Quiet professionals save us while we disgrace ourselves
December 14, 2015 by Thomas Wictor
The British have described the operation to kill Mohammed Emwazi, the Islamic State terrorist known as Jihadi John. This level of openness is unusual; special-operations units tend to be very quiet. The reason we’re hearing about this is twofold: psychological warfare, and also the Islamic State is under ferocious assault. It likely won’t be around much longer.
The top-secret operation to eliminate the masked British extremist – who beheaded UK hostages Alan Henning and David Haines – was thought to have been conducted entirely from the air without any Western troops. But it was revealed last week that the perilous plan depended on a team of eight men from the Special Forces regiment risking their lives to penetrate deep inside the ISIS stronghold of Raqqa.
The daring mission began on November 11 when two U.S. Chinook helicopters landed at an isolated spot in the Syrian desert. Avoiding all roads, the team of soldiers drove in desert buggies 35 miles south towards Raqqa and – in the middle of the night – they ‘dug in’ five miles outside the city, where they remained undetected.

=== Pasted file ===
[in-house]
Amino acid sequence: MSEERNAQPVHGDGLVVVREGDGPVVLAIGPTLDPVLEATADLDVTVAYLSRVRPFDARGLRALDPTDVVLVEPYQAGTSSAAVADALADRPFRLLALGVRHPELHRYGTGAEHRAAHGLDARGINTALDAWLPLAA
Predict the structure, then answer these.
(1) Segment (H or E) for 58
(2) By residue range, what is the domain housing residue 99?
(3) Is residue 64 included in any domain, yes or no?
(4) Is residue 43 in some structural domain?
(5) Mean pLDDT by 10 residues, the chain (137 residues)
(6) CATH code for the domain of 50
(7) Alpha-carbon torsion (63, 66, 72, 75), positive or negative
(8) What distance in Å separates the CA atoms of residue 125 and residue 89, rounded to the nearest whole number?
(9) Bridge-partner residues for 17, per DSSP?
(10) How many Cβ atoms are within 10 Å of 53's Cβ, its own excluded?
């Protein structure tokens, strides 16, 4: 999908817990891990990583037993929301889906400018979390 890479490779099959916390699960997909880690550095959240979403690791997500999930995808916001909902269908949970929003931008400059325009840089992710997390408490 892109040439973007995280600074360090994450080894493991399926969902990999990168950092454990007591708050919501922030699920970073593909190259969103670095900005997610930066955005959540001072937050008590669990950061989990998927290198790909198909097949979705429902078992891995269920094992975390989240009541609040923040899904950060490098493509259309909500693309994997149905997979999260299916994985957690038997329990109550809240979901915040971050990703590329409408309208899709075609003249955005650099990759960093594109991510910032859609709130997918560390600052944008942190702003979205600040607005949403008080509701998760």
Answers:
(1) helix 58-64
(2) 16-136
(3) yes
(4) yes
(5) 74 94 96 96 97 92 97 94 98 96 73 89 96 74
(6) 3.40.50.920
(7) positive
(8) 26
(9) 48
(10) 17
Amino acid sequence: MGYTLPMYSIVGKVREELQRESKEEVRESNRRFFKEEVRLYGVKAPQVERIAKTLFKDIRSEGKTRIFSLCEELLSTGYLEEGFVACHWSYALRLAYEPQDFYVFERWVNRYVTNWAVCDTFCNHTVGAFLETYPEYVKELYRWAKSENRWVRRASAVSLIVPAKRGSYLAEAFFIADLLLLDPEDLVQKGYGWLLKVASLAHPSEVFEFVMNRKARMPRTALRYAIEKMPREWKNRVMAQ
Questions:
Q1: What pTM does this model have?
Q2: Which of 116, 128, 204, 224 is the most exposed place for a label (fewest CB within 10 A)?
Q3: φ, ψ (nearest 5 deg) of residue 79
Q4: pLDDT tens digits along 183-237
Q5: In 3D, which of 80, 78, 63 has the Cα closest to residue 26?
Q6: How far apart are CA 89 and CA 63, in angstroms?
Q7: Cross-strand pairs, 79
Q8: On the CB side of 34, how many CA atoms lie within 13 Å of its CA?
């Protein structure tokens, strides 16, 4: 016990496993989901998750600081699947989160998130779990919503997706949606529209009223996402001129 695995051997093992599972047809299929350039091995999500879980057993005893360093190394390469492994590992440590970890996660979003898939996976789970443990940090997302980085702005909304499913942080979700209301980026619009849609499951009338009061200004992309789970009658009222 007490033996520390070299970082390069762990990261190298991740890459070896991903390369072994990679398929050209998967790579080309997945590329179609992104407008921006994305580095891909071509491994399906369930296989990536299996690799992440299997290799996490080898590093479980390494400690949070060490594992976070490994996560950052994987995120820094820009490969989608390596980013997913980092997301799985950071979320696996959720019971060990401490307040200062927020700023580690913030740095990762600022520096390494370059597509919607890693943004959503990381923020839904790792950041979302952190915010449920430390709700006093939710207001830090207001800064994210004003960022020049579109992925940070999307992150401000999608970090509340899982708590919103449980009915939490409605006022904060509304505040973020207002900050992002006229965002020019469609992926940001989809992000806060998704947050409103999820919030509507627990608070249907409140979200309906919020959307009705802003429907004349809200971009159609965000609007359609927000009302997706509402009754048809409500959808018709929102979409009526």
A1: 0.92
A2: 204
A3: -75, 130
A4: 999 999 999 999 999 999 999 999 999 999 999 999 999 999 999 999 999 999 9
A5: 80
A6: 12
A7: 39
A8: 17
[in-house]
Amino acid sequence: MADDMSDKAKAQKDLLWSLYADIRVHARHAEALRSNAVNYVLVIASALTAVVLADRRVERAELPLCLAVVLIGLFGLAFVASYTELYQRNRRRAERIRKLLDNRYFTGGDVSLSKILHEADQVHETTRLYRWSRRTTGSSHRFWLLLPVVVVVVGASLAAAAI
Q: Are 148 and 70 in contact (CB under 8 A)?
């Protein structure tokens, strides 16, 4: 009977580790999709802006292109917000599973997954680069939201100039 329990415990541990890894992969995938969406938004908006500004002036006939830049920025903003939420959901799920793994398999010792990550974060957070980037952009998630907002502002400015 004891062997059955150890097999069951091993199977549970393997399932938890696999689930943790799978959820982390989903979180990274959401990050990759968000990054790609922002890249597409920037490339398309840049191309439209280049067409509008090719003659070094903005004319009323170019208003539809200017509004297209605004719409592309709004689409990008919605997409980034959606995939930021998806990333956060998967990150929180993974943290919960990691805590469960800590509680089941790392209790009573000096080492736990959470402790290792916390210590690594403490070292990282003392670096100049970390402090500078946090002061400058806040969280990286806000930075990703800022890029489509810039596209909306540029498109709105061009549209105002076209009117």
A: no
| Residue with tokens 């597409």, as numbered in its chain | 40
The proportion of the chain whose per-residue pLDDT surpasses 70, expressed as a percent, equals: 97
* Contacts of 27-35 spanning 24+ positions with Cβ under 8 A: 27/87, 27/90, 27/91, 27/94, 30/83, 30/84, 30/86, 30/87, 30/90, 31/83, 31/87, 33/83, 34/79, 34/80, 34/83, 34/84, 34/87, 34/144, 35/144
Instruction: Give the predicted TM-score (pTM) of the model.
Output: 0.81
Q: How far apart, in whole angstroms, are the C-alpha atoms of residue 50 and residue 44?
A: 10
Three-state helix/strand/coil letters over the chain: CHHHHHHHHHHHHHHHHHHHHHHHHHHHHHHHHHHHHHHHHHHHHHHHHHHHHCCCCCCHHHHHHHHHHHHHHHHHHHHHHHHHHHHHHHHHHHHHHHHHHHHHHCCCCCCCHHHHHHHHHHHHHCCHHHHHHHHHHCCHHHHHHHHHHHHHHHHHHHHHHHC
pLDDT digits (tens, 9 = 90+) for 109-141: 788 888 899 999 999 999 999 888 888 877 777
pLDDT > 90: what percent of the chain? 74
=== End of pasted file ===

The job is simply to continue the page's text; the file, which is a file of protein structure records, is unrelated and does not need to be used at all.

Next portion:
The following evening, while the rest of the team were on lookout, one man assembled four 3ft nano-helicopters with infrared and night-vision cameras in the nose. They were pre-programmed to fly to Jihadi John’s hideout – a six-storey building in Raqqa.
The first drone set off towards its target, then entered ‘hover and stare’ mode, recording the movements of ISIS suspects at a building near the Sharksa mosque.
It beamed footage by satellite back to SAS HQ in Hereford and the U.S. Central Command in Doha, Qatar, before a second and subsequently third drone took over. The third drone then recorded images of Jihadi John – real name Mohammed Emwazi – and the ISIS executioner was killed by Hellfire missiles as he walked out of the building and into a waiting car.
The British Special Air Service (SAS) was formed in 1941. They drove in jeeps far behind German lines in North Africa and blew the hell out of everything they came across.
Those are aircraft machine guns chosen for their high rate of fire.
I used to wonder how men like that were recruited, but now I know. These men (and women, in many units) simply serve a cause that they think is more important than they are themselves. They see the big picture.
The smallest unit of the SAS is the four-man patrol; therefore two patrols took part in the operation to kill Jihadi John. This is how far they went into Syria.